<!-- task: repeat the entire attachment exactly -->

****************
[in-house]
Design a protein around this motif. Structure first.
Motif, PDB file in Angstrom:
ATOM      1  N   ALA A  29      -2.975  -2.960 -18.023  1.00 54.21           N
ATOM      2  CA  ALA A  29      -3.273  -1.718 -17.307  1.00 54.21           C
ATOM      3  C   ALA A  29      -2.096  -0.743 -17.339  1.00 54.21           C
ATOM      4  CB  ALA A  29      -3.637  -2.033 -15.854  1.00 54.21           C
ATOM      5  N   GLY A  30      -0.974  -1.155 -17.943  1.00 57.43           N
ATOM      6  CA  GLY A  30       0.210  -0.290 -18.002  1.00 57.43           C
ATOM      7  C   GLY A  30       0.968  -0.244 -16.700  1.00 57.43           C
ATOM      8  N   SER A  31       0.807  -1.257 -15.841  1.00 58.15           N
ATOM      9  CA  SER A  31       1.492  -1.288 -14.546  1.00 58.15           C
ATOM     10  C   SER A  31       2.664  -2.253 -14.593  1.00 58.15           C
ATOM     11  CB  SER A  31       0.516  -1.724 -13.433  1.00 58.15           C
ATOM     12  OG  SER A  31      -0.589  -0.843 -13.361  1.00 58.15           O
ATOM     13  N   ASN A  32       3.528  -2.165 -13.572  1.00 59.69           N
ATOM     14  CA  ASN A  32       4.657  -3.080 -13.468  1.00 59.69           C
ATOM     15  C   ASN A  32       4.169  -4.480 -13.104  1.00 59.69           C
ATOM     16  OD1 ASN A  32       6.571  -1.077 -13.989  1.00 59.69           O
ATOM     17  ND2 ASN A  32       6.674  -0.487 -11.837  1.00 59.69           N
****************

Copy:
[in-house]
Design a protein around this motif. Structure first.
Motif, PDB file in Angstrom:
ATOM      1  N   ALA A  29      -2.975  -2.960 -18.023  1.00 54.21           N
ATOM      2  CA  ALA A  29      -3.273  -1.718 -17.307  1.00 54.21           C
ATOM      3  C   ALA A  29      -2.096  -0.743 -17.339  1.00 54.21           C
ATOM      4  CB  ALA A  29      -3.637  -2.033 -15.854  1.00 54.21           C
ATOM      5  N   GLY A  30      -0.974  -1.155 -17.943  1.00 57.43           N
ATOM      6  CA  GLY A  30       0.210  -0.290 -18.002  1.00 57.43           C
ATOM      7  C   GLY A  30       0.968  -0.244 -16.700  1.00 57.43           C
ATOM      8  N   SER A  31       0.807  -1.257 -15.841  1.00 58.15           N
ATOM      9  CA  SER A  31       1.492  -1.288 -14.546  1.00 58.15           C
ATOM     10  C   SER A  31       2.664  -2.253 -14.593  1.00 58.15           C
ATOM     11  CB  SER A  31       0.516  -1.724 -13.433  1.00 58.15           C
ATOM     12  OG  SER A  31      -0.589  -0.843 -13.361  1.00 58.15           O
ATOM     13  N   ASN A  32       3.528  -2.165 -13.572  1.00 59.69           N
ATOM     14  CA  ASN A  32       4.657  -3.080 -13.468  1.00 59.69           C
ATOM     15  C   ASN A  32       4.169  -4.480 -13.104  1.00 59.69           C
ATOM     16  OD1 ASN A  32       6.571  -1.077 -13.989  1.00 59.69           O
ATOM     17  ND2 ASN A  32       6.674  -0.487 -11.837  1.00 59.69           N